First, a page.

- EPIK—Choosing the EPIK program was a fantastic choice for multiple reasons, and one of those reasons was that it introduced me to some incredible people my first day here. I hadn’t been in Korea more than two hours and I was already sitting with a group of teachers talking about life, laughing, and trying new foods together (I still remember expecting barley tea to be sweet and then destroying a triangle kimbab since I didn’t know how to unwrap it yet…ah, first day seems so long ago). Other English teachers here have warned me that it can be a bit difficult at first to meet people, but every EPIK teacher I know has more friends than they can visit in the space of the year. Obviously the EPIK Orientation when you first arrive is the perfect way to meet people-you spend nine days with other people who are new in the country and ready for adventure just like you. But I was surprised to find that being a part of EPIK has continued to introduce me to all kinds of people. I made some solid friendships during orientation but each time I visit any of those friends, I meet so many more people (from EPIK or otherwise). I am grateful!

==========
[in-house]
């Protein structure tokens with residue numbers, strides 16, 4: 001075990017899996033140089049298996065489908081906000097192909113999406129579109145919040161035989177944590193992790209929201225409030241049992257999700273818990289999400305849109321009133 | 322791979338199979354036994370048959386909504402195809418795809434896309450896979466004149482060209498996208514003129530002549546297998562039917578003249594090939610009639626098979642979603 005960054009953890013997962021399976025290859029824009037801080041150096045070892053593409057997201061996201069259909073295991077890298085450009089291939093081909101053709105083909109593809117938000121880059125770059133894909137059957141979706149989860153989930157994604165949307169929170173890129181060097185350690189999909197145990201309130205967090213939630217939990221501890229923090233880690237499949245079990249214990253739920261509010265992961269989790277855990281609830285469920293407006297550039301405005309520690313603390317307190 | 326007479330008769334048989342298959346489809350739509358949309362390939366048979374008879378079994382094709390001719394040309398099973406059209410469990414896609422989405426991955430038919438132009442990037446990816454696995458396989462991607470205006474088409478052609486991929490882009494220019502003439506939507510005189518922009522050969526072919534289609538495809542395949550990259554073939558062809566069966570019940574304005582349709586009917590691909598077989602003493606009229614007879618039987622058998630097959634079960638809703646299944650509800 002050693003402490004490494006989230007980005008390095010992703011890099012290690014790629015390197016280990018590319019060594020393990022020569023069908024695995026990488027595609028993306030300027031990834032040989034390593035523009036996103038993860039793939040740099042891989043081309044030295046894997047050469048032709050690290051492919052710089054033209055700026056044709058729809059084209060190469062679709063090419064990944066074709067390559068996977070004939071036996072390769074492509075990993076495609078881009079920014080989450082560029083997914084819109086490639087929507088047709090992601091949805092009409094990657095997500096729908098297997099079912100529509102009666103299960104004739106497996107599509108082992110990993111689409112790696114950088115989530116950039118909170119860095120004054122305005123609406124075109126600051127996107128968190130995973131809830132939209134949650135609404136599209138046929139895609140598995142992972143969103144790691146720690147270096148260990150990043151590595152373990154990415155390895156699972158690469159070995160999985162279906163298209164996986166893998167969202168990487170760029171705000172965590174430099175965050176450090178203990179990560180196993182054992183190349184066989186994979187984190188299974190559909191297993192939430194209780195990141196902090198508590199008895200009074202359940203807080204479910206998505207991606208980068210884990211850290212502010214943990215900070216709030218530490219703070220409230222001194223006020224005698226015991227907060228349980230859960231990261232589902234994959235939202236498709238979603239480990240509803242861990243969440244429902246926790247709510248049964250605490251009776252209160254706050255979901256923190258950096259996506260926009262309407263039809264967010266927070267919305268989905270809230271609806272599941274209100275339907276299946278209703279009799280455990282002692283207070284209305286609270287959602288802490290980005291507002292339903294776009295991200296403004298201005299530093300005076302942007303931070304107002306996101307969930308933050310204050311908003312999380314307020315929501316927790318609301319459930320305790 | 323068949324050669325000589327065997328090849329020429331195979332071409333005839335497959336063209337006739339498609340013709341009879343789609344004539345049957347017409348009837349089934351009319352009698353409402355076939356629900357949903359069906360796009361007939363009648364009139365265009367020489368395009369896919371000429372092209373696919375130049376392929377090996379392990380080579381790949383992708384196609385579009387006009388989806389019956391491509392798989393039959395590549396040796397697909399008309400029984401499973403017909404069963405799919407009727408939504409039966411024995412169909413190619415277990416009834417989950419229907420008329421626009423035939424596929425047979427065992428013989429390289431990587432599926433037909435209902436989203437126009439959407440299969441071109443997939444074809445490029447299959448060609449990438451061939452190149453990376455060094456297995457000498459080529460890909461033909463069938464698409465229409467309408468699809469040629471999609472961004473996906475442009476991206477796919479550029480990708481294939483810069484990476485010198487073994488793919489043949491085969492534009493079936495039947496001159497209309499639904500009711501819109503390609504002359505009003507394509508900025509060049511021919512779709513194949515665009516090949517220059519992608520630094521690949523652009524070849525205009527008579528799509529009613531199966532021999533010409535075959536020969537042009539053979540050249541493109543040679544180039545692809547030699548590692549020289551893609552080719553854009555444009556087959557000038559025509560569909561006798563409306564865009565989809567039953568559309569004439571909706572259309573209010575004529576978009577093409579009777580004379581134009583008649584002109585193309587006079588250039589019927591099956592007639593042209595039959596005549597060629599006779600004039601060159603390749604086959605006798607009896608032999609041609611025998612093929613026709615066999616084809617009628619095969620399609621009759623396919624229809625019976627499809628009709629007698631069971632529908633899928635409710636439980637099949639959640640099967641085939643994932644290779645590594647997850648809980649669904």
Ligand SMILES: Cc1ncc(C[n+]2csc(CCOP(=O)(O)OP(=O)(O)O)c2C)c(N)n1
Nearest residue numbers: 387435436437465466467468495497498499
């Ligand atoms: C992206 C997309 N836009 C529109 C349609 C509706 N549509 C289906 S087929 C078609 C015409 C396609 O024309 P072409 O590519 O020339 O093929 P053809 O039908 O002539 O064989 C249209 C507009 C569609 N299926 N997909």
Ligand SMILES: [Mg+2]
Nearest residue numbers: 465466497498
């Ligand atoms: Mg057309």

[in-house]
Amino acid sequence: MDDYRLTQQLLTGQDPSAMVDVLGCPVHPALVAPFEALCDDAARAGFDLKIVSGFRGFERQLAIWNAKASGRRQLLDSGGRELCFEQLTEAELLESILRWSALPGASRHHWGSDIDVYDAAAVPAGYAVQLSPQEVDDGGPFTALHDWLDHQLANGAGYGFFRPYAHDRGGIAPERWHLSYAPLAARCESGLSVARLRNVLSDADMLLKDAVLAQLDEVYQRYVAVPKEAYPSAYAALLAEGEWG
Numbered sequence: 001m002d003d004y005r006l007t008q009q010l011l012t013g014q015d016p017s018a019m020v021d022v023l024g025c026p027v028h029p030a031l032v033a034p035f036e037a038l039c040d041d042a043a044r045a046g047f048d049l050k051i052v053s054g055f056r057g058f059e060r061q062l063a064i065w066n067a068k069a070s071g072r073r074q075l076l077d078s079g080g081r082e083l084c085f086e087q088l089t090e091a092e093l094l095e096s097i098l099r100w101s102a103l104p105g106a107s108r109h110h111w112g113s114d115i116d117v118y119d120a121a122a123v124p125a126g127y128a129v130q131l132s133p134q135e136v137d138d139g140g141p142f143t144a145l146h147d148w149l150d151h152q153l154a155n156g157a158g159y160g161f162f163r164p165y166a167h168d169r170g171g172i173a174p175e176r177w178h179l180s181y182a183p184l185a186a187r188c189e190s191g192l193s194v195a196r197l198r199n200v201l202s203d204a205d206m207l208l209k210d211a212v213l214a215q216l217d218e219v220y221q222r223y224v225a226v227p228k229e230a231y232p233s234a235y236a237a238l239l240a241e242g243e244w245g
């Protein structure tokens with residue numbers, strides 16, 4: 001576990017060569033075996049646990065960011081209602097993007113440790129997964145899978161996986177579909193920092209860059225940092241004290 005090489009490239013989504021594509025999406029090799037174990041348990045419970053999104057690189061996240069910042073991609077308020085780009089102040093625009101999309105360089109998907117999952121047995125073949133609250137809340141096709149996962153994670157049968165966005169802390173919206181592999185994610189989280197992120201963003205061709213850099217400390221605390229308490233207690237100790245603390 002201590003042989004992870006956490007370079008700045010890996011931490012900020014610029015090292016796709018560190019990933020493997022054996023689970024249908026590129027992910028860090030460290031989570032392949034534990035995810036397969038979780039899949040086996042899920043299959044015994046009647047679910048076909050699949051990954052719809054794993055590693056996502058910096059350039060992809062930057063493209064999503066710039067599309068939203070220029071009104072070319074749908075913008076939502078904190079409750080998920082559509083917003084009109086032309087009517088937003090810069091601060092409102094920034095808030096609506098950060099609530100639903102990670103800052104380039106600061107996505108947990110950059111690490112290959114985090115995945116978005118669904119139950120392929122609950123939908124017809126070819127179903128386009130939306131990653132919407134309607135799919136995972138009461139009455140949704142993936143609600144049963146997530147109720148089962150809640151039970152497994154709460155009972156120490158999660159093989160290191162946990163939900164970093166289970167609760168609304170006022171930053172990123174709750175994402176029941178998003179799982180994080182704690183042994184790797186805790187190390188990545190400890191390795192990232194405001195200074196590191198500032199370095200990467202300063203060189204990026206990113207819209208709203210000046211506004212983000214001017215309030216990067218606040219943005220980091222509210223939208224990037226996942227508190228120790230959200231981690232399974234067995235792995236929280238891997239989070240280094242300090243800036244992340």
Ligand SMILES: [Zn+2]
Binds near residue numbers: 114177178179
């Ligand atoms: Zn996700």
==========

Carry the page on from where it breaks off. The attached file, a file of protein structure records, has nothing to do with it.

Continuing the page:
- Travel Groups—As much as I enjoy traveling independently, having someone plan everything for you is sometimes just too convenient to pass up. For one of our three day weekends a group of friends and I decided to go through a travel group to visit the Jinju Lantern Festival and Namhae (see my vlog about it here). I loved every moment I spent with them but also made so many new friends. I remember sitting at the back of the bus introducing myself to a whole squad of people the last day only to discover they were also on my island! It was so unexpected and delightful and has resulted in some epic (excuse the pun) island hangouts!
- My co-teachers—When reading about co-teaching I read a plethora of horror stories about co-teachers and when I arrived to Korea that was one of my biggest concerns. I knew getting good co-teachers was important. I have one main co-teacher (who is one of the kindest people you will ever meet) but a multitude of other teachers I work with and every single one of them is fantastic! I was delighted when I found out some of them are my age (age is so important in Korea). The overlapping age and my feeble attempts to speak Korean resulted in dinners, coffee dates, and lots of volleyball. (And playing volley ball has resulted in getting to know more of the people my age in the area.)